The RCV reports will continue to come out every Tuesday until the BOE certifies the election results with an official winner when all ballots are counted, said the BOE. That means on Tuesday, July 6, there will be a second RCV report and so on.

Meanwhile, other mayoral candidates waded through the dreary rain that plagued Election Day and soldiered on with their loyal followers to the polls and their respective watch parties.

Former Sanitation Commissioner Kathryn Garcia met her brother, Matthew McIver, at William Alexander Middle School at 350 5th Avenue in Brooklyn while he cast his ballot.

Garcia said that the energy had been “phenomenal” for the day. Garcia came in third with 155,812 votes at 19.5%.

This election is still up for grabs and we will see how many rounds it takes for a candidate to get to the 50% threshold. After the first round in the 2010 Oakland, Calif. mayoral race, Jean Quan had 24.4%, and the front-runner Don Perata had 33.7%.

After the RCV tally, Quan won with 50.96% to Perata’s 49.04%.

Public Advocate Jumaane Williams on the subject of RCV on Monday, the day before the polls opened when controversy sparked between candidates over campaign strategies, said that opposition to a candidate does not mean opposition to an entire community, and RCV is not voter suppression.

“It is disingenuous and dangerous to play on the very real and legitimate fears of bigotry and voter disenfranchisement by pretending it’s present where it’s not. Unfortunately, these tactics are too often effective,” said Williams.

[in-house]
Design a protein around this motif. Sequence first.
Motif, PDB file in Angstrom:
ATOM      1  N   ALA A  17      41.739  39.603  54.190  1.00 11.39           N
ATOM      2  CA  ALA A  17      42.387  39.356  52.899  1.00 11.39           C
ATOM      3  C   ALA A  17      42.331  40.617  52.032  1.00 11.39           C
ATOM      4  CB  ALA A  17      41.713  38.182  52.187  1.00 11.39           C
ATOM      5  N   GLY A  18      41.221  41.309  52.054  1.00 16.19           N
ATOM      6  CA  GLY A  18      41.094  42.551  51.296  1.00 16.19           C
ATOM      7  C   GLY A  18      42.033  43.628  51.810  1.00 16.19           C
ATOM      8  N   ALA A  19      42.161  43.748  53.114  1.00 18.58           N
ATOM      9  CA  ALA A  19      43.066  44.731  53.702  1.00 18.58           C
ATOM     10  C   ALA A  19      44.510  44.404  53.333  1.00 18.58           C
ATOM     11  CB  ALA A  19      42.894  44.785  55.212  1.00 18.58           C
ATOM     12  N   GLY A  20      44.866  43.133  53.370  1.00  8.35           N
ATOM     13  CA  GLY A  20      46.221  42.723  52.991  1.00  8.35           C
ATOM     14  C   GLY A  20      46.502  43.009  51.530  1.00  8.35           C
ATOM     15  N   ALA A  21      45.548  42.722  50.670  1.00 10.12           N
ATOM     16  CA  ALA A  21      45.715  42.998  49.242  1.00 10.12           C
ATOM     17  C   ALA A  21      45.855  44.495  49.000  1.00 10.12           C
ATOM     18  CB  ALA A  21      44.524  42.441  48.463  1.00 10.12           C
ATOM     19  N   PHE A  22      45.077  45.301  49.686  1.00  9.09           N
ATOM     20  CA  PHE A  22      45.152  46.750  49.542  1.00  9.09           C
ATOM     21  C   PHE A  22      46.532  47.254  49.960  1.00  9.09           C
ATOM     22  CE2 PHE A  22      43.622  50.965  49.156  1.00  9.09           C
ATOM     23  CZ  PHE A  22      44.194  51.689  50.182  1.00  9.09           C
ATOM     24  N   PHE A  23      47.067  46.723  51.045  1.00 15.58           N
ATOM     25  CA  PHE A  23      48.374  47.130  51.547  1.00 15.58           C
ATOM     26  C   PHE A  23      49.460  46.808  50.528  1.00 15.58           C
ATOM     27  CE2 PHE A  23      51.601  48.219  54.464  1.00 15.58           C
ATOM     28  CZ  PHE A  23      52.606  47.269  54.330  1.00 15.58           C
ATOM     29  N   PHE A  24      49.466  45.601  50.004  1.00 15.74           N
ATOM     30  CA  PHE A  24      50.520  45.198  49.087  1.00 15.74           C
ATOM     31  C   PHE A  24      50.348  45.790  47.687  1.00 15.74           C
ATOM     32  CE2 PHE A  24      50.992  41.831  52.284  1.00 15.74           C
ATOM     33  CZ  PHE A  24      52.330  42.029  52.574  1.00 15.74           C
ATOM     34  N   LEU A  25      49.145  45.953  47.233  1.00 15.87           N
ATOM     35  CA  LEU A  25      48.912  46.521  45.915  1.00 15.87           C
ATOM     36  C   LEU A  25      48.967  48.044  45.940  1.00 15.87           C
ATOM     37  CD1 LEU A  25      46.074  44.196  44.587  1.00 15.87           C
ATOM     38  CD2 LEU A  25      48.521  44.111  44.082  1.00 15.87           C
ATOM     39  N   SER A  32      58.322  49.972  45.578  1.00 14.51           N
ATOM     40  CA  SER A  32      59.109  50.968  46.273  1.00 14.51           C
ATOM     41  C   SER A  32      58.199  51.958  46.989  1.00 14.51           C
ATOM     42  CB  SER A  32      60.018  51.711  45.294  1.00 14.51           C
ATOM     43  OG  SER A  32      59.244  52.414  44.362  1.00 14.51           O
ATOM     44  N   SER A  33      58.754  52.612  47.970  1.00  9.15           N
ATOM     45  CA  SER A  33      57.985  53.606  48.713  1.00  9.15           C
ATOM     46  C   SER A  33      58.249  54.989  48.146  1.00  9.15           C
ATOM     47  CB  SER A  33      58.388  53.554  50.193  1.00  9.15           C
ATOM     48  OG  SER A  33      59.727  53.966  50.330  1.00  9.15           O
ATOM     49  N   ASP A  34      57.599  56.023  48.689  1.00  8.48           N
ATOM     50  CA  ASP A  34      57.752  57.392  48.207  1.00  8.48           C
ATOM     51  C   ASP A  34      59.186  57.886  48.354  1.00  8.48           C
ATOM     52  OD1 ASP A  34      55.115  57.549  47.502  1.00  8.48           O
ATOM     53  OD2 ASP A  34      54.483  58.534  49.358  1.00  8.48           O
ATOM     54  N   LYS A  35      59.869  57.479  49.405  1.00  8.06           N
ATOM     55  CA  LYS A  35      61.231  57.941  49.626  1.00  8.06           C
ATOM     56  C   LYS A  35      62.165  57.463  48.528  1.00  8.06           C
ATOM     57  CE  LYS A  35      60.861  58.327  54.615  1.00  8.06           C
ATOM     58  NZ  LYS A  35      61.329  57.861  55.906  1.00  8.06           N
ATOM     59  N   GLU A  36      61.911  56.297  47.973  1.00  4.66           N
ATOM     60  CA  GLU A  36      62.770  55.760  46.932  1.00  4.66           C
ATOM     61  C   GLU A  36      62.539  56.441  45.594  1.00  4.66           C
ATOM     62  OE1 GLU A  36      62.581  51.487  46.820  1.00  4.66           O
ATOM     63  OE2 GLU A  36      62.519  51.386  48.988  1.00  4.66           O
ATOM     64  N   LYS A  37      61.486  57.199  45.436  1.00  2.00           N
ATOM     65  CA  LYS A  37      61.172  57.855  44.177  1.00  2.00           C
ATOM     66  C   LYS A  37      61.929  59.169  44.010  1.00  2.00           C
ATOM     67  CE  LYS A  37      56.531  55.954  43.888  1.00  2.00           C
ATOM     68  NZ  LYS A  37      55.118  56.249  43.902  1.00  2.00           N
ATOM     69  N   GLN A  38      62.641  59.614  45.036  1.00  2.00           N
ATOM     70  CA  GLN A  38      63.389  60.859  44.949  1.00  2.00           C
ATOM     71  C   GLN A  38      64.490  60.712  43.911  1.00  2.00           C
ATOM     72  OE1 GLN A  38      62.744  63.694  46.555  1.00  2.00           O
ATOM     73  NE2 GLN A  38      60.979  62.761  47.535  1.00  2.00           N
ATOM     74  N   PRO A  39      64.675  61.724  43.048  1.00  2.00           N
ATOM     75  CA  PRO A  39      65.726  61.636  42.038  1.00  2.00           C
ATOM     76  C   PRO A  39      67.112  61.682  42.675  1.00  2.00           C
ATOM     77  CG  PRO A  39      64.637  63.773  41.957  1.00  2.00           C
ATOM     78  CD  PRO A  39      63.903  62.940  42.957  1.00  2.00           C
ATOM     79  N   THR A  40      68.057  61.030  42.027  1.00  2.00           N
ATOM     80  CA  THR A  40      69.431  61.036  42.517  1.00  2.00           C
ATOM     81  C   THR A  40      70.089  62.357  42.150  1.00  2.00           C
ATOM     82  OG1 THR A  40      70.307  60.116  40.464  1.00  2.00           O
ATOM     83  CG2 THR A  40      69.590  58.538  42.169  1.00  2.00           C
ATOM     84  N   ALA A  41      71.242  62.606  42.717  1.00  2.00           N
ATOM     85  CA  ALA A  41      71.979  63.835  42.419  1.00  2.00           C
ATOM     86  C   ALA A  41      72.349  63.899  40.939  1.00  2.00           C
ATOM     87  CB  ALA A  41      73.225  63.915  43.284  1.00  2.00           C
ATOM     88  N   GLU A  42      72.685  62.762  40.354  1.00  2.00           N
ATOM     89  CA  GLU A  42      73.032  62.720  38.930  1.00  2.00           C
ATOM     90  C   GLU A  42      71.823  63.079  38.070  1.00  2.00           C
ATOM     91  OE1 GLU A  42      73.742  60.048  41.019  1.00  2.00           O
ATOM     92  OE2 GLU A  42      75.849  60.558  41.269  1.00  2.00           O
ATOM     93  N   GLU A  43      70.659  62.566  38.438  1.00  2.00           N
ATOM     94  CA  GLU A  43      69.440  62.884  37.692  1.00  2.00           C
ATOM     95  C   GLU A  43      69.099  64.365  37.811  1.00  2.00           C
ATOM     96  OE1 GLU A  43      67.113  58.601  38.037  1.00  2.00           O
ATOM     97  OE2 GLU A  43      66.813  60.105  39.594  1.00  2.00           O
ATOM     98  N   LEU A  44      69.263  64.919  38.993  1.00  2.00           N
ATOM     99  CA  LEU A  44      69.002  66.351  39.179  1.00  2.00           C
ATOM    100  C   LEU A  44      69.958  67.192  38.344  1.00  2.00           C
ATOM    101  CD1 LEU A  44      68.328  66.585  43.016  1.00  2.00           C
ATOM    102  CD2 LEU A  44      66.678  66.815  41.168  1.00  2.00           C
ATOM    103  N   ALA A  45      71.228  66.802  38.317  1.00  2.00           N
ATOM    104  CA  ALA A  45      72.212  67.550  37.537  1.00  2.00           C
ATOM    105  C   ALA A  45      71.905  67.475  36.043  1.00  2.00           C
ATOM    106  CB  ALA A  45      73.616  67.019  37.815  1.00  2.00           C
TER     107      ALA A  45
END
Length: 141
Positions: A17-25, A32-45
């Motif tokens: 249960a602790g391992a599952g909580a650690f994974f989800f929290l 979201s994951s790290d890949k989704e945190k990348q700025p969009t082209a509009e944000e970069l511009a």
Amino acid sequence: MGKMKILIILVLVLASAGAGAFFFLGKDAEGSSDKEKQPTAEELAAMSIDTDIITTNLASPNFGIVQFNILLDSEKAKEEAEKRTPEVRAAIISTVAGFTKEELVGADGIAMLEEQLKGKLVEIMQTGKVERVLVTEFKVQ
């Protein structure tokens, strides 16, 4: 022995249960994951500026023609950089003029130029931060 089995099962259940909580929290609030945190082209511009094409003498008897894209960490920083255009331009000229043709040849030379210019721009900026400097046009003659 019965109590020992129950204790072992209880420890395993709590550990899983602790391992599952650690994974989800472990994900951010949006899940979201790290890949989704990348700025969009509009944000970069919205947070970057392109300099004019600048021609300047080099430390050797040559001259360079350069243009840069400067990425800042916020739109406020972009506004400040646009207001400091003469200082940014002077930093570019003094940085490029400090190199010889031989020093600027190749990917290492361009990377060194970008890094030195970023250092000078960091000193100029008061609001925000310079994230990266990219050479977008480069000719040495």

“I haven’t seen anyone trying to ‘steal’ an election, but many people are trying to win it, and I would hope voters reward candidates whose campaigns reflect the serious responsibilities of government leadership in this critical time and reject the politics of division,” said Williams, adding in his support for Wiley as mayor.

Term-limited City Council Majority Leader Laurie A. Cumbo, who supports Adams for mayor and was seen campaigning with him on Tuesday, said that she has a few qualms with RCV, but is confident that everyday voters can and will successfully figure out their preferences in ranking.

Cumbo said the real issue lies ahead in the confusing next steps to determine a winner.

She also said that she chose not to rank another candidate, other than Adams, because it’s hard to understand what happens exactly when one ranks all five. Cumbo said it’s similar to the way many candidates refused to divulge if they ranked other candidates because “we don’t really understand what this thing means in that way.”

“My issue with it more was the backend of how ranked choice voting works because that was never really part of the education,” said Cumbo. “So people don’t have an understanding of how the tallies are going to happen, what happens after that candidate doesn’t receive 50% of the vote. So, many people may not understand when it kicks in, may not understand the tallies and algorithms to get to the final winner.”